The U.S. Supreme Court decisions can go down as a major teachable moment of the past 50 years. CTA believes all people should be allowed equal protection under the law and that the legal rights and responsibilities of marriage and civil unions belong to all adults regardless of gender, race, ethnicity, sexual orientation, disability, religion or socio-economic status. We celebrate the decisions handed down today. I am moved because our gay brothers and sisters who have taught alongside us are now recognized by our government as equals. In order for us to move forward as a united nation, we must continue to engage in the fight for social justice, protect civil rights and ensure equality for all.
National Nurses United (NNU) Co-President Deborah Burger, RN:
Today’s rulings on the Defense of Marriage Act and California’s Proposition 8 are an important milestone in our society’s quest for equal rights under the law for all Americans. These decisions are a testimony to the years of work of individuals and organizations that have fought for full equality for lesbians and gay men that has now been embraced by the majority of all Americans. The Court decisions today, while crafted in the most narrow fashion, is a welcome acceptance of the popular will.
LA County Federation of Labor's Maria Elena Durazo:
The labor movement opposes divisive laws like the Defense of Marriage Act and California’s Proposition 8 that make distinctions between workers’ benefits and civil rights based on their sexual orientation. Just like we can’t tolerate immigrants being treated as second class workers, we will not support any provisions that discriminate against lesbian, gay, bisexual and transgender workers. We applaud the Supreme Court’s decision and will stand with the LGBT community in their continuing fight for equality.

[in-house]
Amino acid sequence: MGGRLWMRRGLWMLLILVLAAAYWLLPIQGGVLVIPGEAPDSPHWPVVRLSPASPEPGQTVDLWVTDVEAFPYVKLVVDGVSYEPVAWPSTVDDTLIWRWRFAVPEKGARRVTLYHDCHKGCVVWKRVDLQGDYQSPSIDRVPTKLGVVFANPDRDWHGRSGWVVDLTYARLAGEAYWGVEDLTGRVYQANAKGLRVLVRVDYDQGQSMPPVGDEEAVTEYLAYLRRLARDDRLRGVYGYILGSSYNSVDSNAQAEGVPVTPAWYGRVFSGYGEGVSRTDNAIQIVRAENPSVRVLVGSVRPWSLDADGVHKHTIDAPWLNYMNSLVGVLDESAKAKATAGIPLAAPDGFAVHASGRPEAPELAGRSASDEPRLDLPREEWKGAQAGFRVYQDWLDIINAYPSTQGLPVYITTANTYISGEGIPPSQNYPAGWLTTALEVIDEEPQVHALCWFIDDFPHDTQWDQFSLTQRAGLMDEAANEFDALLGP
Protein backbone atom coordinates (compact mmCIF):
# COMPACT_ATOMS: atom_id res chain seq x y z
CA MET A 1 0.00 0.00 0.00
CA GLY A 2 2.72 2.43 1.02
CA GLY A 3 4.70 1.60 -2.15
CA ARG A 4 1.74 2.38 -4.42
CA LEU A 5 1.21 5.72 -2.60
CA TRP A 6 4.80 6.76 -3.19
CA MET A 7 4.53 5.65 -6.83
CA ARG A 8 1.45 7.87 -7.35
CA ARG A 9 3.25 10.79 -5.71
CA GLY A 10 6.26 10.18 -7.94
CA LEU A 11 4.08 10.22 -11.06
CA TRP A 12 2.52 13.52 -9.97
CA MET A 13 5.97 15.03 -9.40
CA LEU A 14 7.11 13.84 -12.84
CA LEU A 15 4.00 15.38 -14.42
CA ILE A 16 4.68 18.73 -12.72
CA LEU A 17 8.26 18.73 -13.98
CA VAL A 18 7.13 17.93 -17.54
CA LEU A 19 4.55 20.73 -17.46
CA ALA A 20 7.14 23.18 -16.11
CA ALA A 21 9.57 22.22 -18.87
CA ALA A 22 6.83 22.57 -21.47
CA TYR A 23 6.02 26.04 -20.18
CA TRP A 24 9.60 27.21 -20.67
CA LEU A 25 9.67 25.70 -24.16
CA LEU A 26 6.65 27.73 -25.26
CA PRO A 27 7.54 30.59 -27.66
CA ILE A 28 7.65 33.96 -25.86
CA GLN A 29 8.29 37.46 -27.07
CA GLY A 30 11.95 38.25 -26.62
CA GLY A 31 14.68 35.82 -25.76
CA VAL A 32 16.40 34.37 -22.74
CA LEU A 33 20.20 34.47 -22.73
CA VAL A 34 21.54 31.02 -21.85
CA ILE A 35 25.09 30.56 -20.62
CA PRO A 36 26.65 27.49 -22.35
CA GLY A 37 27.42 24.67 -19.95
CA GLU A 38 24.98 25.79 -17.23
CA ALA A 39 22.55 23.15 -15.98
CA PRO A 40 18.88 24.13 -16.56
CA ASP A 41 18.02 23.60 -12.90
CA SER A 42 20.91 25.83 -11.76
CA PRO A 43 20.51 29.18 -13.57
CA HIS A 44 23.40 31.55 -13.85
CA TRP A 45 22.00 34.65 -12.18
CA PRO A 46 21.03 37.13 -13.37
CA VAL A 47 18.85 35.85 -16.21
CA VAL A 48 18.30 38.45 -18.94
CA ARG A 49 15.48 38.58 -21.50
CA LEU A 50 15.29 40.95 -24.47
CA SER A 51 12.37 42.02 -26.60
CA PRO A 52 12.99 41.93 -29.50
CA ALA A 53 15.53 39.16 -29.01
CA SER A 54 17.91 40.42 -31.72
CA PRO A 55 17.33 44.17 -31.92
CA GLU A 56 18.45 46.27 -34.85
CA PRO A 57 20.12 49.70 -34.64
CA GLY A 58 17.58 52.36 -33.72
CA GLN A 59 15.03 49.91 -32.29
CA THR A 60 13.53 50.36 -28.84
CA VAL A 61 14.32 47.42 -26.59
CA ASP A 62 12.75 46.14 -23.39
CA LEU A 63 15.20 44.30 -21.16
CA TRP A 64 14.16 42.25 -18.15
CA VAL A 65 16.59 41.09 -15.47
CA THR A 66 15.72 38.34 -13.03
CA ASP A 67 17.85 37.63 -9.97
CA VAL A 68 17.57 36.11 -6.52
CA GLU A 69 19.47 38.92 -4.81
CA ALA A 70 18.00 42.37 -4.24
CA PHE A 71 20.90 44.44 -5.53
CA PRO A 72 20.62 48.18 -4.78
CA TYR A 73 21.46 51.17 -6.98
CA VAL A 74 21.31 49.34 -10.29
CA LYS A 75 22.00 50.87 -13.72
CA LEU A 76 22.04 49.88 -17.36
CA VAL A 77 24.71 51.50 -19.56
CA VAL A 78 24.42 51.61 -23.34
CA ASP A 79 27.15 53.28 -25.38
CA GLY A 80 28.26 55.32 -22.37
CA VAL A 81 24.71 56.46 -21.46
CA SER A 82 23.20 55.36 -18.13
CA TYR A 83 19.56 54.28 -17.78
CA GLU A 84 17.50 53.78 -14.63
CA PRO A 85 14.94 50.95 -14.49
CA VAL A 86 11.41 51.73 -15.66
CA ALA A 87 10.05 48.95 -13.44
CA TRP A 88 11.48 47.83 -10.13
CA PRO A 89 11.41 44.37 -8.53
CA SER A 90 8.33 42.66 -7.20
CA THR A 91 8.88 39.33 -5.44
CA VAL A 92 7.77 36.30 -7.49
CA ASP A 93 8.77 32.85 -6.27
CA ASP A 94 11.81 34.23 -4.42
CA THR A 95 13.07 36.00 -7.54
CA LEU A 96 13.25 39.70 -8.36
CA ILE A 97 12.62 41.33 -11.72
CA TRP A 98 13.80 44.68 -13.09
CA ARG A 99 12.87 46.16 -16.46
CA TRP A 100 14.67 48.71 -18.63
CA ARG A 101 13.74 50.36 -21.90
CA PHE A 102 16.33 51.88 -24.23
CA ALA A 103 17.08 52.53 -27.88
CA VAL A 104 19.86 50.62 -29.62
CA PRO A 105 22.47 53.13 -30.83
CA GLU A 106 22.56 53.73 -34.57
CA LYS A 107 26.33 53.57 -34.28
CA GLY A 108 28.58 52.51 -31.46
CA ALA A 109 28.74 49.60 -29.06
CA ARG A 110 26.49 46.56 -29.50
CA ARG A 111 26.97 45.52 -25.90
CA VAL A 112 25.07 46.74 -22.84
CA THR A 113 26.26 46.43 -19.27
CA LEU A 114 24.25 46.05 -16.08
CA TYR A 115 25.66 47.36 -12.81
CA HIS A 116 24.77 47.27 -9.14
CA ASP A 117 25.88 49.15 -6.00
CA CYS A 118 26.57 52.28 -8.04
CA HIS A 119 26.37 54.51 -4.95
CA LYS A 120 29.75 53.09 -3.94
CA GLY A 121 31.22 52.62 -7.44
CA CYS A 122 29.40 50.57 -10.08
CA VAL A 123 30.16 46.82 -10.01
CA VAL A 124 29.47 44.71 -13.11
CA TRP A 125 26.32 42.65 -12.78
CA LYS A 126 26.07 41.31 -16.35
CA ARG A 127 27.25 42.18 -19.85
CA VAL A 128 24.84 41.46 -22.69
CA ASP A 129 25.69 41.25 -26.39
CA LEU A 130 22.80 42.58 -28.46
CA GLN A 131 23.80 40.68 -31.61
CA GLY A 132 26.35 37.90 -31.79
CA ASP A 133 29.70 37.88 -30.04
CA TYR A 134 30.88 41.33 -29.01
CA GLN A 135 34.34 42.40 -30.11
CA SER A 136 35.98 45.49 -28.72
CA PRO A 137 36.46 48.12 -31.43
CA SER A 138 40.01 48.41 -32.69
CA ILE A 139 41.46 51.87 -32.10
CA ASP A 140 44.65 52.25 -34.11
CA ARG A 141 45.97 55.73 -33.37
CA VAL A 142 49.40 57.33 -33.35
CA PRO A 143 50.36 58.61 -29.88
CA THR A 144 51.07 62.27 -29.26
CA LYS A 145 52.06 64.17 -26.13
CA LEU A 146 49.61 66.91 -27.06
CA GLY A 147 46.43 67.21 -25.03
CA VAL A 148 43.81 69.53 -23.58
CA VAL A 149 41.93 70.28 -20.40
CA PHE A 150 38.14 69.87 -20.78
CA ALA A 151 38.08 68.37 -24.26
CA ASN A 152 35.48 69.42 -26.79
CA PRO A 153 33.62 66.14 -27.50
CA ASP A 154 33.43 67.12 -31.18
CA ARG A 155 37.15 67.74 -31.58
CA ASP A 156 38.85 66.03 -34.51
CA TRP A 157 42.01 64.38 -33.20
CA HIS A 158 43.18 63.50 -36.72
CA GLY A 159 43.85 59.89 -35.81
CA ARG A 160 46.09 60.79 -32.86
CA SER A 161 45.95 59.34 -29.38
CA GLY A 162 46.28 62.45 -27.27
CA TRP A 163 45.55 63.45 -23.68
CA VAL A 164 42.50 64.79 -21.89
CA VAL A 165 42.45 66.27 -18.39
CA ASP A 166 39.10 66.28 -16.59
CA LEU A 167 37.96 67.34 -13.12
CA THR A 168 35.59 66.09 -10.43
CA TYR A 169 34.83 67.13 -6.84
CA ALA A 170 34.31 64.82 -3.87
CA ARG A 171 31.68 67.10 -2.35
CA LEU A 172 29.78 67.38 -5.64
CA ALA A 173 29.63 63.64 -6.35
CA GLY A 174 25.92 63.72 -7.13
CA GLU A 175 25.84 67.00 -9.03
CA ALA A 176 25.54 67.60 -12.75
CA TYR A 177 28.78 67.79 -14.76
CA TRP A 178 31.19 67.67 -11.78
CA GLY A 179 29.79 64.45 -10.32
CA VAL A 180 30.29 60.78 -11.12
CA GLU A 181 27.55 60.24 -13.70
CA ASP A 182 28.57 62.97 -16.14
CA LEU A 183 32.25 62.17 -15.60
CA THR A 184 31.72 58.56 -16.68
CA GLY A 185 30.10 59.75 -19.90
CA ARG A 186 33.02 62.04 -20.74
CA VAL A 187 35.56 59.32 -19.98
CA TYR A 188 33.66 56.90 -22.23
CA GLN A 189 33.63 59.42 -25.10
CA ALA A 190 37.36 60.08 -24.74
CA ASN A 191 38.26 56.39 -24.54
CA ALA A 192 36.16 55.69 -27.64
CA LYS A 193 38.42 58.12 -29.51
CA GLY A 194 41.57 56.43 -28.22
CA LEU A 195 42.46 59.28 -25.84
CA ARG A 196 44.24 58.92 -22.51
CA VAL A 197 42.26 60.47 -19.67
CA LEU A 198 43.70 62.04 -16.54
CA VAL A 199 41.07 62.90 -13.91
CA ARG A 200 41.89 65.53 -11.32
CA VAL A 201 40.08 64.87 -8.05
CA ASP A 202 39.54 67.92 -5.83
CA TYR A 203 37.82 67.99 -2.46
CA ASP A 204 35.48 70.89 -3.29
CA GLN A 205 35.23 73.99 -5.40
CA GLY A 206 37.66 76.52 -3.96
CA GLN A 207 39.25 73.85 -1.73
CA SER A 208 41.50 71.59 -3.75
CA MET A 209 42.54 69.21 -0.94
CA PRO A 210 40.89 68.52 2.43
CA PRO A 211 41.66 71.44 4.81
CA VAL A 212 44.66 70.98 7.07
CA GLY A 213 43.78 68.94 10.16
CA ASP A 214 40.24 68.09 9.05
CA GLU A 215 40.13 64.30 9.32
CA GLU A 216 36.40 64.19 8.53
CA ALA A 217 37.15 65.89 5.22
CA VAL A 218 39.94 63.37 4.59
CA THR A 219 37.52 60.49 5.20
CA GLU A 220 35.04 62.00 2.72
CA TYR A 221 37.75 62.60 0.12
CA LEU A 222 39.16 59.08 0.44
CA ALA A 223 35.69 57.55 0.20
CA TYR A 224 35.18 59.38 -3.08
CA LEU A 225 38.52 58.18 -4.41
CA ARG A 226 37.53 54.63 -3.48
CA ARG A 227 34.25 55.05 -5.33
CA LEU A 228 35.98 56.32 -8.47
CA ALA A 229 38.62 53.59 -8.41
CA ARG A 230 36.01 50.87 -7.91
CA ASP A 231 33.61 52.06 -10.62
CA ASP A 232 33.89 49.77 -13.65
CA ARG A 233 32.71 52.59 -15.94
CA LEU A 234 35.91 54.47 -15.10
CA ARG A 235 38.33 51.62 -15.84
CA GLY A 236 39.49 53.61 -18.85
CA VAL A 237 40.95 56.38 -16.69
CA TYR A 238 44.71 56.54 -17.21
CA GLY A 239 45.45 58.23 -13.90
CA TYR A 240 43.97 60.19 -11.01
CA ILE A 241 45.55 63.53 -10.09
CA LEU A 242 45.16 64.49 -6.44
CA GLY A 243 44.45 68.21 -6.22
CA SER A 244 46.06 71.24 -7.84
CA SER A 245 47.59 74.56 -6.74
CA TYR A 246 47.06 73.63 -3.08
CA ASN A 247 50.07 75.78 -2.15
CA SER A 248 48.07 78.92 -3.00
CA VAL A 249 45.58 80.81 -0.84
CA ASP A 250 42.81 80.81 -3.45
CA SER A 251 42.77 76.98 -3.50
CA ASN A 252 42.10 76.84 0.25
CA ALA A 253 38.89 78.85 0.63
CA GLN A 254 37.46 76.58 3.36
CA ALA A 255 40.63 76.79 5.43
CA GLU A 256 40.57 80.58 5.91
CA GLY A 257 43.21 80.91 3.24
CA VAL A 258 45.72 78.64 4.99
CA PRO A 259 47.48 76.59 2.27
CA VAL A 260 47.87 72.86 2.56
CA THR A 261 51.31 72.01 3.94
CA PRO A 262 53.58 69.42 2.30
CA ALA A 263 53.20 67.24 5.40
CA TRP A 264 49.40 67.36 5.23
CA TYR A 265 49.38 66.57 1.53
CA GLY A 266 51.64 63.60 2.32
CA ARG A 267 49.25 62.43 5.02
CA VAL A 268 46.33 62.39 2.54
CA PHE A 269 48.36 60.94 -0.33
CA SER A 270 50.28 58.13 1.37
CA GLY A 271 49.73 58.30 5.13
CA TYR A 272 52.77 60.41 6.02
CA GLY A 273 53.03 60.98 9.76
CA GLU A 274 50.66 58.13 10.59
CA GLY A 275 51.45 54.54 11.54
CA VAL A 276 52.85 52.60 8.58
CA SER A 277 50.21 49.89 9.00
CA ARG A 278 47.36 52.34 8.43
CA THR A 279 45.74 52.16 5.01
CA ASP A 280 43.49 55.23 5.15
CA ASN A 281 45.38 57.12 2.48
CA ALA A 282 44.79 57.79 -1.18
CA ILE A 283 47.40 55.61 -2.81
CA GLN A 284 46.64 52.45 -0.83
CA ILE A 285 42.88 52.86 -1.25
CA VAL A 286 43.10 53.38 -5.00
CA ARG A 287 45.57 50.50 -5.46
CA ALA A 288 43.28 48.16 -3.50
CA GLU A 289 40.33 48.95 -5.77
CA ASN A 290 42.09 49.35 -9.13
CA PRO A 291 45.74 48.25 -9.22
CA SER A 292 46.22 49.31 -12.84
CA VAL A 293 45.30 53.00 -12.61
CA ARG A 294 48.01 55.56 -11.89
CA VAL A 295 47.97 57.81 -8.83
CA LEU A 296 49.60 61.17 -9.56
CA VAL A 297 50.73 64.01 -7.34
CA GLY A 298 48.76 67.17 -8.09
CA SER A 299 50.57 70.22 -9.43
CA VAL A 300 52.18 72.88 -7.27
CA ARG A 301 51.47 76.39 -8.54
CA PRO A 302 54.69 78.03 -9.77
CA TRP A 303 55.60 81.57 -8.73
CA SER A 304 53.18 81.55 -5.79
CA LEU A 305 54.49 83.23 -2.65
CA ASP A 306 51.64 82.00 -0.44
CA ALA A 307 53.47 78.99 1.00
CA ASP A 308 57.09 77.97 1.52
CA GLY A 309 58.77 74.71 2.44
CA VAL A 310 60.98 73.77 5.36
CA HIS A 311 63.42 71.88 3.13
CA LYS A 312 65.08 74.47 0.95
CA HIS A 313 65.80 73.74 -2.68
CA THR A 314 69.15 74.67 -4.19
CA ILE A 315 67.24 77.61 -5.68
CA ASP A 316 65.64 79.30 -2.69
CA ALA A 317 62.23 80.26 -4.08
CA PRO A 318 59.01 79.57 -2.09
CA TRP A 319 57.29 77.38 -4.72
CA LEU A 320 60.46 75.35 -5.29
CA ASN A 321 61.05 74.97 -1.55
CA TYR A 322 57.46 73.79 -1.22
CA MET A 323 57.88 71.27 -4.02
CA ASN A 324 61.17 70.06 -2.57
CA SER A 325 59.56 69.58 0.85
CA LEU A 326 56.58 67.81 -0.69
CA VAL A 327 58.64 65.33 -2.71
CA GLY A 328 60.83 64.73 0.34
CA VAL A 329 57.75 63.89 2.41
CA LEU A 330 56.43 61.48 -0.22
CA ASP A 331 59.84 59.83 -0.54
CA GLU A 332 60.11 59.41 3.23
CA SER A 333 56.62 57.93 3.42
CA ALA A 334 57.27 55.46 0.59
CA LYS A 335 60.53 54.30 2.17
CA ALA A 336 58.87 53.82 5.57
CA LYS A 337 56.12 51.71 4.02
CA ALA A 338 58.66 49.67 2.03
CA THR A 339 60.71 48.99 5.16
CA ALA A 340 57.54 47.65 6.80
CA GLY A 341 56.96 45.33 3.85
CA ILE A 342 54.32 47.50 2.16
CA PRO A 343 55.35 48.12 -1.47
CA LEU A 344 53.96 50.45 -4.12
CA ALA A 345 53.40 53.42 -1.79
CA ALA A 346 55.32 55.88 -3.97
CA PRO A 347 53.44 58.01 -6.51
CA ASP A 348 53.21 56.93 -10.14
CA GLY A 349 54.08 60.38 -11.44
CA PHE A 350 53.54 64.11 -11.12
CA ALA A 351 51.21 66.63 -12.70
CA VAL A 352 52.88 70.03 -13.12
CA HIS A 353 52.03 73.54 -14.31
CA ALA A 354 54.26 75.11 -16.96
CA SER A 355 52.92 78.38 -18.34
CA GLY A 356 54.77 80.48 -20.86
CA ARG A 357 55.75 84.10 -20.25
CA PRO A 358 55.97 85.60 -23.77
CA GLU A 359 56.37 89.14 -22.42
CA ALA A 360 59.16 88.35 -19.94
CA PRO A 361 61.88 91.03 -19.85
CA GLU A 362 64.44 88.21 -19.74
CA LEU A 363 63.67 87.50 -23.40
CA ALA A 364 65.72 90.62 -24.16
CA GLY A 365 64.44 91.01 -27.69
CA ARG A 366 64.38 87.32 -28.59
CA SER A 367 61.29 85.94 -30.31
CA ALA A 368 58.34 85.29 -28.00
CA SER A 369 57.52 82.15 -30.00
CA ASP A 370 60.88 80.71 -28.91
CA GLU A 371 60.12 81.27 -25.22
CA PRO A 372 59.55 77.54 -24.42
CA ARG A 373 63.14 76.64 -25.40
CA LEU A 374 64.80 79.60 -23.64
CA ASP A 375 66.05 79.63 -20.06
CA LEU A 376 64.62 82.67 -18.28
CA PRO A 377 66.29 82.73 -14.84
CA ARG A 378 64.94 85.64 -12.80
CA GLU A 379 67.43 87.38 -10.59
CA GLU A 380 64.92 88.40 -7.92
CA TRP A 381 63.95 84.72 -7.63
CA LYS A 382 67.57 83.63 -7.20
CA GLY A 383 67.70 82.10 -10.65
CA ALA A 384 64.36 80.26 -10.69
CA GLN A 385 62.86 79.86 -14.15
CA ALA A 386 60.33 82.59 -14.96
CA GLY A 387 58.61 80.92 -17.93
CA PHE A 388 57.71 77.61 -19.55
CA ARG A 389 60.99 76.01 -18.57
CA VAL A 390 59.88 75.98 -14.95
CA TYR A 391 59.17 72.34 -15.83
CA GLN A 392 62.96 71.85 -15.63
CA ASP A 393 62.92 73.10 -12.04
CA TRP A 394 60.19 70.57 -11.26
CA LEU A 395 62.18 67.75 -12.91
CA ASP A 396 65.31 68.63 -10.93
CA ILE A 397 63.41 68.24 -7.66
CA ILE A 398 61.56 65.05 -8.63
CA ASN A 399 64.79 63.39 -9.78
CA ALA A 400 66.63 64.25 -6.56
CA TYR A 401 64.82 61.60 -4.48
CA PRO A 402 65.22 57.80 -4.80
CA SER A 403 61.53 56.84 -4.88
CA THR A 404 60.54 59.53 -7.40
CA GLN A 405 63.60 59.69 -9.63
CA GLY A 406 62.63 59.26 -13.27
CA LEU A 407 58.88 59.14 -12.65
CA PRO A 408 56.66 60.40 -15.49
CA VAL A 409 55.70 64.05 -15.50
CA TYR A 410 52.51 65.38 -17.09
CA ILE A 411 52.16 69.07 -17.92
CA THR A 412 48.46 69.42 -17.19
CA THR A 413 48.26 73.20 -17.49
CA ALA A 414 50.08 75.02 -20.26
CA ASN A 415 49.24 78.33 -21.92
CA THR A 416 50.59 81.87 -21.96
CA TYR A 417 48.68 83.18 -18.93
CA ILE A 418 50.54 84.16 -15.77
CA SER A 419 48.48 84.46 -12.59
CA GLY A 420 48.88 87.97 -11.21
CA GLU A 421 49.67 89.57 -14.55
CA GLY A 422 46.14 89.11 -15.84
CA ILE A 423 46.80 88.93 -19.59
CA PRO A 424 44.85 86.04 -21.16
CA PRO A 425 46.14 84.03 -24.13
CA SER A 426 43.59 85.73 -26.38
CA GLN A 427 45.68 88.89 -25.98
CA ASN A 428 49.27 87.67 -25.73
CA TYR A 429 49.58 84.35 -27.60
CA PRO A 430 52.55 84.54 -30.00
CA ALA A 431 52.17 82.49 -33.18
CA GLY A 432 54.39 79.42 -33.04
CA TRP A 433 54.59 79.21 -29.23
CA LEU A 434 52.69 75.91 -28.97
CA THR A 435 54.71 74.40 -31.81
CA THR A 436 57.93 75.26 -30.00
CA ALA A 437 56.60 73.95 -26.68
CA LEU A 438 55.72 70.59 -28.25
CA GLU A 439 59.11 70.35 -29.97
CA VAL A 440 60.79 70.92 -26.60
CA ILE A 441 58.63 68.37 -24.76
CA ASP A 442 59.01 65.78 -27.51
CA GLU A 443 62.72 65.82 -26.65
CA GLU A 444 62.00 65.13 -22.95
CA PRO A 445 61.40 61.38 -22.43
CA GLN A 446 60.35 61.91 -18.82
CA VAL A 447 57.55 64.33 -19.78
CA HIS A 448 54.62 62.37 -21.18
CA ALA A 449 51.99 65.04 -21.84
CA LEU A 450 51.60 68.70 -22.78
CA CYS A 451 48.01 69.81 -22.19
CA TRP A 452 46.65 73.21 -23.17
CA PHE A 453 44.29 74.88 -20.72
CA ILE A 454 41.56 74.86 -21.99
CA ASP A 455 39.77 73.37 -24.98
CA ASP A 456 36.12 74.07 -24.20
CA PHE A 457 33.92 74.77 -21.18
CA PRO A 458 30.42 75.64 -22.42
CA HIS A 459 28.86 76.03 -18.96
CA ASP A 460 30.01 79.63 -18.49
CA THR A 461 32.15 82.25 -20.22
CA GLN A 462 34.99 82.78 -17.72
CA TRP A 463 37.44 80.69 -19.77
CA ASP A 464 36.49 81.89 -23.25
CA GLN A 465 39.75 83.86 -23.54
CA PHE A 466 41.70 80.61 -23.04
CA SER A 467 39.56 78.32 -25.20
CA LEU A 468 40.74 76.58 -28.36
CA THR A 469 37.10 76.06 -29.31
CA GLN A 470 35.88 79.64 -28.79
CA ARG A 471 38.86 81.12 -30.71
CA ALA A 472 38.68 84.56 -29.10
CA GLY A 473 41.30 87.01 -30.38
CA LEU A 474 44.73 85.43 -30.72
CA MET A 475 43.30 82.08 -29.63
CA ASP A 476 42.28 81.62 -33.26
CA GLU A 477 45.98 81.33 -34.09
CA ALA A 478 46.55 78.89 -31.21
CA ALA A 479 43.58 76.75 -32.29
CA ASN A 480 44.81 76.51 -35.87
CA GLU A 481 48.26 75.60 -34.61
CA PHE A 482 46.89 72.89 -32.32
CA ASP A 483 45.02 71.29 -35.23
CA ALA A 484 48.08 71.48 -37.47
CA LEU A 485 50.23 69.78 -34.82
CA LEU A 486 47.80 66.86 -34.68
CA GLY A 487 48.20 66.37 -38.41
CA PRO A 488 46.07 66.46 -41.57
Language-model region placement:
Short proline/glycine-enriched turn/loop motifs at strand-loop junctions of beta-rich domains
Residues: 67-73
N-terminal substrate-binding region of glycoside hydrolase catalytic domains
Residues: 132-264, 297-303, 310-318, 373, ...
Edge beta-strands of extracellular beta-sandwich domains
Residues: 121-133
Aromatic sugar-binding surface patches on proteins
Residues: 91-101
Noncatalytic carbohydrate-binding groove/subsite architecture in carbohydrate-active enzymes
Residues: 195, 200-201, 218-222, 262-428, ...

According to a statement from the California Federation of Teachers:
We are pleased that this [Prop 8 decision] reaffirms the right for all people to marry whomever they want to; this reflects the broad shift in consciousness on the issue in the country. Our members celebrate with the rest of California that all loving couples now possess the same rights. The additional decision of the Court to strike down the section in the 1996 federal Defense of Marriage Act (DOMA) excluding same sex couples from the definition of marriage, while narrower, underscores the message of the Prop 8 decision: the federal government recognizes marriage equality for all.
AFL-CIO President Rich Trumka:
The Defense of Marriage Act and California’s Proposition 8 were radical and divisive laws that never should have been. Now, we can begin to fully clear the dark legal cloud that has hung over our nation. While justices ruled on the right side of history today, there is far more work to be done in the pursuit of equality. As a nation, we must continue to stand for what is right not only in freedom to marry for all loving and committed couples, but address other major issues for lesbian, gay, bisexual and transgender workers such as employment discrimination, health care access and more. We rejoice in today’s victory and are ready and willing to take on the challenges that still exist.